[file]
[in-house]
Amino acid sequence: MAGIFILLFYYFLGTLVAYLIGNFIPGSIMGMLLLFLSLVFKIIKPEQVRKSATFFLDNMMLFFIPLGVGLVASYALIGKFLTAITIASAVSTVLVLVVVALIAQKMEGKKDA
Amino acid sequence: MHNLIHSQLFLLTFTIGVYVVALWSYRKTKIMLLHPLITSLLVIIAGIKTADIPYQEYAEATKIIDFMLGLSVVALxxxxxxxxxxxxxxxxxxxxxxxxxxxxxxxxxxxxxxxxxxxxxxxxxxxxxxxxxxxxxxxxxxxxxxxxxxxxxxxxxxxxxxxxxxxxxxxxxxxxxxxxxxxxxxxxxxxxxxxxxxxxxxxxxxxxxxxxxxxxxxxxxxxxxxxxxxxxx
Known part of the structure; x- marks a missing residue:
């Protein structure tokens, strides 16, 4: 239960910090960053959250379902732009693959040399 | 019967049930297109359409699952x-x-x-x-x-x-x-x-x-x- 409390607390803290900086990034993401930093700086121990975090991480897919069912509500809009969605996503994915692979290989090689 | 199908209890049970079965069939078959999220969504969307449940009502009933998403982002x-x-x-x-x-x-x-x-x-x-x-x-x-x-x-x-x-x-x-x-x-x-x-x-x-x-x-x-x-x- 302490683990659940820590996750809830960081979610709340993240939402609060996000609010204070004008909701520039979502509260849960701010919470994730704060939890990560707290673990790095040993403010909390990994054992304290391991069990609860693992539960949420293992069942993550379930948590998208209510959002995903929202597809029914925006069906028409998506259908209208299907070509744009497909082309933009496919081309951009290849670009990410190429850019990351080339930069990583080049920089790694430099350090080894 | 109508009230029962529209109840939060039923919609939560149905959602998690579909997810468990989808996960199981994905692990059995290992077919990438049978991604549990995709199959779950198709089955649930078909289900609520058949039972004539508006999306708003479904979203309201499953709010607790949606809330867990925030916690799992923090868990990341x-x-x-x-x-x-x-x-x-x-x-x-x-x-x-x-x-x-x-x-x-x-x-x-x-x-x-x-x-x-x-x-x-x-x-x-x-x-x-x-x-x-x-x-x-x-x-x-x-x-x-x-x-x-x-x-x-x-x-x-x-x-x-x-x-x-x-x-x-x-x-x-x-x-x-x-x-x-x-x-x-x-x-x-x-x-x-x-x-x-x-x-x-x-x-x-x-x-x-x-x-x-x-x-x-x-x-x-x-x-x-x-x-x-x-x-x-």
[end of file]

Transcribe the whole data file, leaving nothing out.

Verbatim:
[in-house]
Amino acid sequence: MAGIFILLFYYFLGTLVAYLIGNFIPGSIMGMLLLFLSLVFKIIKPEQVRKSATFFLDNMMLFFIPLGVGLVASYALIGKFLTAITIASAVSTVLVLVVVALIAQKMEGKKDA
Amino acid sequence: MHNLIHSQLFLLTFTIGVYVVALWSYRKTKIMLLHPLITSLLVIIAGIKTADIPYQEYAEATKIIDFMLGLSVVALxxxxxxxxxxxxxxxxxxxxxxxxxxxxxxxxxxxxxxxxxxxxxxxxxxxxxxxxxxxxxxxxxxxxxxxxxxxxxxxxxxxxxxxxxxxxxxxxxxxxxxxxxxxxxxxxxxxxxxxxxxxxxxxxxxxxxxxxxxxxxxxxxxxxxxxxxxxxx
Known part of the structure; x- marks a missing residue:
């Protein structure tokens, strides 16, 4: 239960910090960053959250379902732009693959040399 | 019967049930297109359409699952x-x-x-x-x-x-x-x-x-x- 409390607390803290900086990034993401930093700086121990975090991480897919069912509500809009969605996503994915692979290989090689 | 199908209890049970079965069939078959999220969504969307449940009502009933998403982002x-x-x-x-x-x-x-x-x-x-x-x-x-x-x-x-x-x-x-x-x-x-x-x-x-x-x-x-x-x- 302490683990659940820590996750809830960081979610709340993240939402609060996000609010204070004008909701520039979502509260849960701010919470994730704060939890990560707290673990790095040993403010909390990994054992304290391991069990609860693992539960949420293992069942993550379930948590998208209510959002995903929202597809029914925006069906028409998506259908209208299907070509744009497909082309933009496919081309951009290849670009990410190429850019990351080339930069990583080049920089790694430099350090080894 | 109508009230029962529209109840939060039923919609939560149905959602998690579909997810468990989808996960199981994905692990059995290992077919990438049978991604549990995709199959779950198709089955649930078909289900609520058949039972004539508006999306708003479904979203309201499953709010607790949606809330867990925030916690799992923090868990990341x-x-x-x-x-x-x-x-x-x-x-x-x-x-x-x-x-x-x-x-x-x-x-x-x-x-x-x-x-x-x-x-x-x-x-x-x-x-x-x-x-x-x-x-x-x-x-x-x-x-x-x-x-x-x-x-x-x-x-x-x-x-x-x-x-x-x-x-x-x-x-x-x-x-x-x-x-x-x-x-x-x-x-x-x-x-x-x-x-x-x-x-x-x-x-x-x-x-x-x-x-x-x-x-x-x-x-x-x-x-x-x-x-x-x-x-x-």